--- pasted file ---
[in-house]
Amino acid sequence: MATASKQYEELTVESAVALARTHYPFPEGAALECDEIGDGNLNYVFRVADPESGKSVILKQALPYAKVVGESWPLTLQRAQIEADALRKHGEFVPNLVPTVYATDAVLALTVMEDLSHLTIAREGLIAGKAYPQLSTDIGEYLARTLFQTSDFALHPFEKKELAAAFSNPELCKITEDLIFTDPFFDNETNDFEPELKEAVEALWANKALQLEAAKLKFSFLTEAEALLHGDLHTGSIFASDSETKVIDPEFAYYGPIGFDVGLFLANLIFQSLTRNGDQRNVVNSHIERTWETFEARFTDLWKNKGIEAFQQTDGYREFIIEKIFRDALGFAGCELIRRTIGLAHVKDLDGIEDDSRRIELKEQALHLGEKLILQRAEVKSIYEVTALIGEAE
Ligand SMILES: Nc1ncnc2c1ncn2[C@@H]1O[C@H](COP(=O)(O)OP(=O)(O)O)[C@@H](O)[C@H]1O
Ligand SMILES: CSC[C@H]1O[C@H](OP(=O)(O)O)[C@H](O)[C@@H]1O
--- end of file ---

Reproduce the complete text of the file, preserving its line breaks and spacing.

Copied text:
[in-house]
Amino acid sequence: MATASKQYEELTVESAVALARTHYPFPEGAALECDEIGDGNLNYVFRVADPESGKSVILKQALPYAKVVGESWPLTLQRAQIEADALRKHGEFVPNLVPTVYATDAVLALTVMEDLSHLTIAREGLIAGKAYPQLSTDIGEYLARTLFQTSDFALHPFEKKELAAAFSNPELCKITEDLIFTDPFFDNETNDFEPELKEAVEALWANKALQLEAAKLKFSFLTEAEALLHGDLHTGSIFASDSETKVIDPEFAYYGPIGFDVGLFLANLIFQSLTRNGDQRNVVNSHIERTWETFEARFTDLWKNKGIEAFQQTDGYREFIIEKIFRDALGFAGCELIRRTIGLAHVKDLDGIEDDSRRIELKEQALHLGEKLILQRAEVKSIYEVTALIGEAE
Ligand SMILES: Nc1ncnc2c1ncn2[C@@H]1O[C@H](COP(=O)(O)OP(=O)(O)O)[C@@H](O)[C@H]1O
Ligand SMILES: CSC[C@H]1O[C@H](OP(=O)(O)O)[C@H](O)[C@@H]1O